AUGUST READING: THE MAN WHO FORGOT HIS WIFE by John O'Farrell
Well, I bet there are plenty of women out there currently thinking they get forgotten about all the time by their beloveds, so what is the big deal about some bloke writing a book about it? I bet you haven't been forgotten about quite like Jack Vaughan forgets about his wife Maddy! You will either appreciate that much more your beloved and his minor memory relapses, or you may well wish that he follows the same path as the said man in this funny, charming, slightly ridiculous and very satisfying story.
Jack Vaughan, or Vaughan as he known by is 39 years old, lives in London, is a high school history teacher, married to Maddy, father to two children. One day, while riding the Underground, he suddenly realises that he has no idea who he is, where he is, what he is doing or where he is going. His whole life has been erased, everything, including his family, how to ride a bike, how to swim, his job. The lot. So begins what could loosely be termed a comedy of errors as Vaughan begins the long process of two steps forward, one step backward, regaining himself and his life.
Ever so very slowly Vaughan's memory begins to return. The fragments are tiny and quite random in how they turn up. His first step in finding out who he is occurs while lying in his hospital bed next to the irrepressible Bernard. Bernard has the very bright idea of buying a Name Your Baby book and reading out every single name in the hope it will jog something in Vaughan's memory. Which the name Gary does. Just think how many names Bernard had already read out to get to G...This immediately prompts Vaughan to start reciting a phone number belongs to Vaughan's best friend.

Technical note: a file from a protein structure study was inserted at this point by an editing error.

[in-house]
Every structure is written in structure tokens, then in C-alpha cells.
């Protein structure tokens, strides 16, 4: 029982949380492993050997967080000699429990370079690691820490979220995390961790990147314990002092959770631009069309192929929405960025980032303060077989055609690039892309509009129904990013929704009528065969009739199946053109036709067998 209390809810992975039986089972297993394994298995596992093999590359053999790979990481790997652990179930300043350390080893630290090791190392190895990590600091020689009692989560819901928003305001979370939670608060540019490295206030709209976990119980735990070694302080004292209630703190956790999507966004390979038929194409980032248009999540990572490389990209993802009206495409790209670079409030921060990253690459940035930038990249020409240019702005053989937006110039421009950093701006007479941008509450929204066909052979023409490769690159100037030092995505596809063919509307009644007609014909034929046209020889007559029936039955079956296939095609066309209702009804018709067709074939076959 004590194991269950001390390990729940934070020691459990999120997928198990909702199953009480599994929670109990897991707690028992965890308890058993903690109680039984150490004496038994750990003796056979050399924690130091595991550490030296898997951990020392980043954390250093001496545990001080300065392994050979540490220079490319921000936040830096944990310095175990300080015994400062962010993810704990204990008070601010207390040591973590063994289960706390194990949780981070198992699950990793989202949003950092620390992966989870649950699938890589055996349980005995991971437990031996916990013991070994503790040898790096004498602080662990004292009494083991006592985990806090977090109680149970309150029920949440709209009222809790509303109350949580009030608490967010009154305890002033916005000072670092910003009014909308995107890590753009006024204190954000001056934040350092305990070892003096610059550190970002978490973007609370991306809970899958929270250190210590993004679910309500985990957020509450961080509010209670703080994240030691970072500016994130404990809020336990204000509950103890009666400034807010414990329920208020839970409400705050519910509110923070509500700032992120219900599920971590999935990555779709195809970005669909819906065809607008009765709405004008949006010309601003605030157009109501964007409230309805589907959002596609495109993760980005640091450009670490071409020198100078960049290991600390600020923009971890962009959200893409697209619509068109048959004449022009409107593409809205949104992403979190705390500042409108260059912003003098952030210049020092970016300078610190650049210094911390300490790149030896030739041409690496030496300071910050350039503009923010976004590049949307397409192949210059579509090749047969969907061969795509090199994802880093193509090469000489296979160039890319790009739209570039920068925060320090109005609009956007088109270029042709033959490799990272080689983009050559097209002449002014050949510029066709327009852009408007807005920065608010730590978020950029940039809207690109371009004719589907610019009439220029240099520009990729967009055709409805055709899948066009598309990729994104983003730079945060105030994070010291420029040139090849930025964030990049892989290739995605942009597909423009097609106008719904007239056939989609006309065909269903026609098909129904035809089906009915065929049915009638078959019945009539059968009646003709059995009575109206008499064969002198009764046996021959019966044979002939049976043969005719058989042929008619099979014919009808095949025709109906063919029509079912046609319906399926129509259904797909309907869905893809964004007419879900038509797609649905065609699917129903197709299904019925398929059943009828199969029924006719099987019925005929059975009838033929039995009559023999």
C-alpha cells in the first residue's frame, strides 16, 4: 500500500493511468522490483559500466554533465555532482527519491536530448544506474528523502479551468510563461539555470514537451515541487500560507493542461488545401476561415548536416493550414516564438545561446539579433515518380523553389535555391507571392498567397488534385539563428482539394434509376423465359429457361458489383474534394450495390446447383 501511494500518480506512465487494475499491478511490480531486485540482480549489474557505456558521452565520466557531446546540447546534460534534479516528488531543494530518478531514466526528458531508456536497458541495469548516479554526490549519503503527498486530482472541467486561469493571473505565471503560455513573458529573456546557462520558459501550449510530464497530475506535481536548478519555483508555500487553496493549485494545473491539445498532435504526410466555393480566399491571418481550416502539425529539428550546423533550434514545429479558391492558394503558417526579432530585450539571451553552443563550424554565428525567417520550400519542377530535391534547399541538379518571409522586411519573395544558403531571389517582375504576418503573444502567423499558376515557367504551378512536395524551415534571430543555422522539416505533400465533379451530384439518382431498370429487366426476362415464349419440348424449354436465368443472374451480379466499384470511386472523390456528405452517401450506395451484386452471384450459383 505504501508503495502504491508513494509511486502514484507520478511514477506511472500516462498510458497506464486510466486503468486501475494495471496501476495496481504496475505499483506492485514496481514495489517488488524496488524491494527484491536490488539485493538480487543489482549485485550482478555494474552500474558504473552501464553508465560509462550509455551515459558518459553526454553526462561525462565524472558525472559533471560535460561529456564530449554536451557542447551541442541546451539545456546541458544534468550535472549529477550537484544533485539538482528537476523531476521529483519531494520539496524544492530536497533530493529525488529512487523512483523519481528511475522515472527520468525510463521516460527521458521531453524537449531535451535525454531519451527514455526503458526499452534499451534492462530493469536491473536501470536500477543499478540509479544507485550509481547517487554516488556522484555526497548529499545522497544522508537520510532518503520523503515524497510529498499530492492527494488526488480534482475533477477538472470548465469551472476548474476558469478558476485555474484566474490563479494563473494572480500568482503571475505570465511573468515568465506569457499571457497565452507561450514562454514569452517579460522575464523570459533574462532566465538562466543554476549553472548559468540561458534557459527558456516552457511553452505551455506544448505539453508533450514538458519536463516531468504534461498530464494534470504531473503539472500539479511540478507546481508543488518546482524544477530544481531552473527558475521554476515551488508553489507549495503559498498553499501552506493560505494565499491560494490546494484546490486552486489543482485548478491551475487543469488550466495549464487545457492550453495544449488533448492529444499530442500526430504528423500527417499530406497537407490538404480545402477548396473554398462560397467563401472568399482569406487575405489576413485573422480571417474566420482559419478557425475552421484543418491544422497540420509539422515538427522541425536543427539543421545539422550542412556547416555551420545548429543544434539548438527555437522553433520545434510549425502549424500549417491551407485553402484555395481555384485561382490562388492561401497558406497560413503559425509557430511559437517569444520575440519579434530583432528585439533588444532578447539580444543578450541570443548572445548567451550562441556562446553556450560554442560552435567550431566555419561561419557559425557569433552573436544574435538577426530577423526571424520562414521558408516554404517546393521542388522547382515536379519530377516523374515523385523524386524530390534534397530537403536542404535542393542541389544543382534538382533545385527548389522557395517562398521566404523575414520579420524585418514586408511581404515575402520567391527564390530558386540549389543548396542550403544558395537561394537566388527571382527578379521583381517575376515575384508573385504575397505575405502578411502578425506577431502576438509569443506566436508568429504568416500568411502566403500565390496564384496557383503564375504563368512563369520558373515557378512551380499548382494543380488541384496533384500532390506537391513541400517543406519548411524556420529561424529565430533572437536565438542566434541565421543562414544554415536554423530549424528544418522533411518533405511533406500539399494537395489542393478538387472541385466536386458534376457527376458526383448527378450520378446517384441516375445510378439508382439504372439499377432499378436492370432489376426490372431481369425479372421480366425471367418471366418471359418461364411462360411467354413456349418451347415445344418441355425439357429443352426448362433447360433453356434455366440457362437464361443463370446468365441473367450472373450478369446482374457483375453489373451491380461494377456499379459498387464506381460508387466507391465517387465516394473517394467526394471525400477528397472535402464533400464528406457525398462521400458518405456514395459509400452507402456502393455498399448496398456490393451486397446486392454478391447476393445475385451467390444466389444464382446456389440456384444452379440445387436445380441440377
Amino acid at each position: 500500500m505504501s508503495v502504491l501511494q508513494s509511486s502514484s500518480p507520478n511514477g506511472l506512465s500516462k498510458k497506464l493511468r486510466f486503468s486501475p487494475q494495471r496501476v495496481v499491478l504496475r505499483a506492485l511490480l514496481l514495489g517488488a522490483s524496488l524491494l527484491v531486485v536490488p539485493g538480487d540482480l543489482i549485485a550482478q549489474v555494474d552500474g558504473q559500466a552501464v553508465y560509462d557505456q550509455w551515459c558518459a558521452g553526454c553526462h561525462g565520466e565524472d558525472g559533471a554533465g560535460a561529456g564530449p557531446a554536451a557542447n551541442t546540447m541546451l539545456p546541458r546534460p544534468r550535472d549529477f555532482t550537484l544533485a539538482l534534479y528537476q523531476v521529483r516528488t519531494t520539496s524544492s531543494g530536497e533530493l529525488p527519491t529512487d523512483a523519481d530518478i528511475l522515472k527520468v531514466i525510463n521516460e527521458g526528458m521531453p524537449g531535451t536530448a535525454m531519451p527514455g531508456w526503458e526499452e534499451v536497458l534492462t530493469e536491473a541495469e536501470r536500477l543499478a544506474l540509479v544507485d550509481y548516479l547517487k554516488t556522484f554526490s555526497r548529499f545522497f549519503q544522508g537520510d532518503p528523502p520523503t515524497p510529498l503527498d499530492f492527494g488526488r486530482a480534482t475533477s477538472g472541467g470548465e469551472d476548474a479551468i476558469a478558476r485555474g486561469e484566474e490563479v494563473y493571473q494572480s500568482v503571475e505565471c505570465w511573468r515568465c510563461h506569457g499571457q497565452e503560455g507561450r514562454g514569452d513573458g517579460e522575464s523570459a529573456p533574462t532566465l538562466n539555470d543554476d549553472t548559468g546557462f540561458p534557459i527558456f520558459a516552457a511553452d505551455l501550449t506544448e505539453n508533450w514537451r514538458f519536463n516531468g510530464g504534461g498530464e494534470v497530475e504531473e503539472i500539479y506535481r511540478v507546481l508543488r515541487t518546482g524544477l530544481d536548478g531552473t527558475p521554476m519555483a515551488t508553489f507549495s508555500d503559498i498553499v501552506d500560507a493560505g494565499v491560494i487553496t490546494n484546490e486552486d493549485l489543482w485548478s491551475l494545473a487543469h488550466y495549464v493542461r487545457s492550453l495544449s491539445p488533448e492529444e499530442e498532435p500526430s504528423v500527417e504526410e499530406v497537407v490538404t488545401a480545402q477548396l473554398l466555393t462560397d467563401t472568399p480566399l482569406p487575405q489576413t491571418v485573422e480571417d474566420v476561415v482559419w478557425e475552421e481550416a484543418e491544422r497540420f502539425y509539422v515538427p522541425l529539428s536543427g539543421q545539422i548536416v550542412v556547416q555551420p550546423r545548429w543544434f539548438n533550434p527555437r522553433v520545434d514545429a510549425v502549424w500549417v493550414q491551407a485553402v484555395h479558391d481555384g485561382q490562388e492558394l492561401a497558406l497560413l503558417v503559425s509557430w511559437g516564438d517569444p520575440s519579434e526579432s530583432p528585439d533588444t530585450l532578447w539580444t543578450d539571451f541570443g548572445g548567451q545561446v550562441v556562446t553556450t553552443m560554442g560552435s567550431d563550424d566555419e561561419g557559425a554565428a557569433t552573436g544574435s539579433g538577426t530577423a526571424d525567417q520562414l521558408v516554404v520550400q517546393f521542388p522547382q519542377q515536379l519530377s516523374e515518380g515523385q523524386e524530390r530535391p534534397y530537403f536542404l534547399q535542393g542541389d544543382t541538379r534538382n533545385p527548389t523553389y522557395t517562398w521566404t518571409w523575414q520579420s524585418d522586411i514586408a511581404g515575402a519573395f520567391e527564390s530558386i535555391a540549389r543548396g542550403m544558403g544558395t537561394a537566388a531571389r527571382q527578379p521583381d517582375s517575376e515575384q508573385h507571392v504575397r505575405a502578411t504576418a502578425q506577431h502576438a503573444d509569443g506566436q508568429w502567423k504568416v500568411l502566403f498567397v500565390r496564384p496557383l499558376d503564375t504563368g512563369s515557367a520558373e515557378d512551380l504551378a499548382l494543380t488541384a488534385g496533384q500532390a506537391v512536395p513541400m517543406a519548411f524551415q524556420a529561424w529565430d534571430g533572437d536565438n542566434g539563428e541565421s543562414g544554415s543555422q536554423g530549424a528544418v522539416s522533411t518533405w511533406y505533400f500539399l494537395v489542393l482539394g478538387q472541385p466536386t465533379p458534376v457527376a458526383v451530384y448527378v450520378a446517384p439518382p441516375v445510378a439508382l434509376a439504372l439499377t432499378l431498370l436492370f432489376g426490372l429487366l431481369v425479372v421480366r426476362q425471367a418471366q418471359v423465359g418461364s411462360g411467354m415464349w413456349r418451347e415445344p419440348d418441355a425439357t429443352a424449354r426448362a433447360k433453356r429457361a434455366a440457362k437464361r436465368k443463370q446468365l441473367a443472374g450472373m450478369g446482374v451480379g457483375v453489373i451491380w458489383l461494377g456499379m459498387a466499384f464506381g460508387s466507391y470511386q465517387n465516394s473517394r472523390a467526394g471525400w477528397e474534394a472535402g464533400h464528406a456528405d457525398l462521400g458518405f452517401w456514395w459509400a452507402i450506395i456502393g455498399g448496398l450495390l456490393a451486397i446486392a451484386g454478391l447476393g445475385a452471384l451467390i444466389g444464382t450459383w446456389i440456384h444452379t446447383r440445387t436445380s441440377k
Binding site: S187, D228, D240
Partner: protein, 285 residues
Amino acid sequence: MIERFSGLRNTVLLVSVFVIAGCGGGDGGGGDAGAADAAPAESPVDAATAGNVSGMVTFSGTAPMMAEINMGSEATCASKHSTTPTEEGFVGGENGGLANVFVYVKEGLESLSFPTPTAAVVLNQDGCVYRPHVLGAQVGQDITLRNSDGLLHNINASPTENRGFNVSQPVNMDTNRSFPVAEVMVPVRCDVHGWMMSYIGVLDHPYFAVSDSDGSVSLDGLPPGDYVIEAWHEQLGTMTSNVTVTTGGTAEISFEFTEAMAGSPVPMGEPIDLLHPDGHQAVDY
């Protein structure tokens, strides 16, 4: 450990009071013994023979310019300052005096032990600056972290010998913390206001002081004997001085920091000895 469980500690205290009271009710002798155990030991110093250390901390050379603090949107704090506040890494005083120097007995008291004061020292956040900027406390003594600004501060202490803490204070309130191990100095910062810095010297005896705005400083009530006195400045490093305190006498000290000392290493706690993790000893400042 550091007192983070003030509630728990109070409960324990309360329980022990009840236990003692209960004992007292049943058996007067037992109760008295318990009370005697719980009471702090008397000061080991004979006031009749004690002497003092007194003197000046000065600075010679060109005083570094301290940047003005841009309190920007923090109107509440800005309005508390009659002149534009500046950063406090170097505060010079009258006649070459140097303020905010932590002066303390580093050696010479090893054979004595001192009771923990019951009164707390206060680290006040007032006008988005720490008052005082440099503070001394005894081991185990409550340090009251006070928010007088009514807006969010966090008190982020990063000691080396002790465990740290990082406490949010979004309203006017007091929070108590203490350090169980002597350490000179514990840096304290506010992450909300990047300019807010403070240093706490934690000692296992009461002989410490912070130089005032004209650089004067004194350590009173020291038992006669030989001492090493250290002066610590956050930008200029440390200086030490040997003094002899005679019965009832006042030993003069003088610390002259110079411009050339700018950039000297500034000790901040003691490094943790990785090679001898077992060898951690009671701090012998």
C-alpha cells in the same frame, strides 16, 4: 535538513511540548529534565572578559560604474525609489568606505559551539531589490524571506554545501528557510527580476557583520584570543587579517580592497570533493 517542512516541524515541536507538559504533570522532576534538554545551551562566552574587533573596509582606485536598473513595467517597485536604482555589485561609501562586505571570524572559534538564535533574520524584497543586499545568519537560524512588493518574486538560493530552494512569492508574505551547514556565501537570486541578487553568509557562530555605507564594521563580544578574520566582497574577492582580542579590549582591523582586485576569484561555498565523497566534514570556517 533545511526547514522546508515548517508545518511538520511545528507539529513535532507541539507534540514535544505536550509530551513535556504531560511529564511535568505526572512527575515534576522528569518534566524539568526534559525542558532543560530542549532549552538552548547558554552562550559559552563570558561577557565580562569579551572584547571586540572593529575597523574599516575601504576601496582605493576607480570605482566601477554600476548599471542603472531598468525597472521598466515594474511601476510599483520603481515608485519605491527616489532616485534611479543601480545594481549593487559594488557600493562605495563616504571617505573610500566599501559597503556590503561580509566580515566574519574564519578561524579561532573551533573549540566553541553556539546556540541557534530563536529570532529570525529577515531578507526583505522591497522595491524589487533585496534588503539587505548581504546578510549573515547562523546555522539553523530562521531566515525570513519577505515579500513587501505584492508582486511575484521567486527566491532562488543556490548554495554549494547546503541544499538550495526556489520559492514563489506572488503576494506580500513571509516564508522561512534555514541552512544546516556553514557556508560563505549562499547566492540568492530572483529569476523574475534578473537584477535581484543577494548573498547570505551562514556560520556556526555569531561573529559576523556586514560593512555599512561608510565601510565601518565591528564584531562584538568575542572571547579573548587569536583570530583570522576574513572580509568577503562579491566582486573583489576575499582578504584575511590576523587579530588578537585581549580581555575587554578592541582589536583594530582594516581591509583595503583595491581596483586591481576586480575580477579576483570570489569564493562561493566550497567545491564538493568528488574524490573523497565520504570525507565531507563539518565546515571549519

Vaughan finds out quite quickly that he is in the middle of an acrimonious divorce from his wife Maddy. He simply can't figure out why he has found himself in this situation, as the first time he sees her once he knows who he is, he falls madly in love with her. The focus of the book is his mission to win her back.
Like the lives of most of us, Vaughan's life is very ordinary, which is what makes this book so very appealing to read and to enjoy. Could something like this possibly happen to any one of us? And how would we handle it? During the course of the story Vaughan's memories slowly return which enables him, and the reader, to go back to the his and Maddy's first meeting, their courtship, and exactly where things went wrong in the marriage. It is wonderfully romantic and poignant, and probably a reminder to us all that it can be easy to forget how things once were, and hard to dig deep to find those memories again.
The author is a very prolific English writer, who has worked on television and radio political satire and comedy programmes including Spitting Image, broadcasting, an aspiring politician as well as successful novelist and non-fiction writer. His skills as a writer with a wry wit are on full display in this book, as in turn we feel sorry for him, then frustration, then what a lovable buffoon he is. He tries so very very hard, it is so endearing. Yes, it is a light and trite story, but also very satisfying, and you will close it with a contented sigh, and think, gee, that was such a pleasant piece of escapism.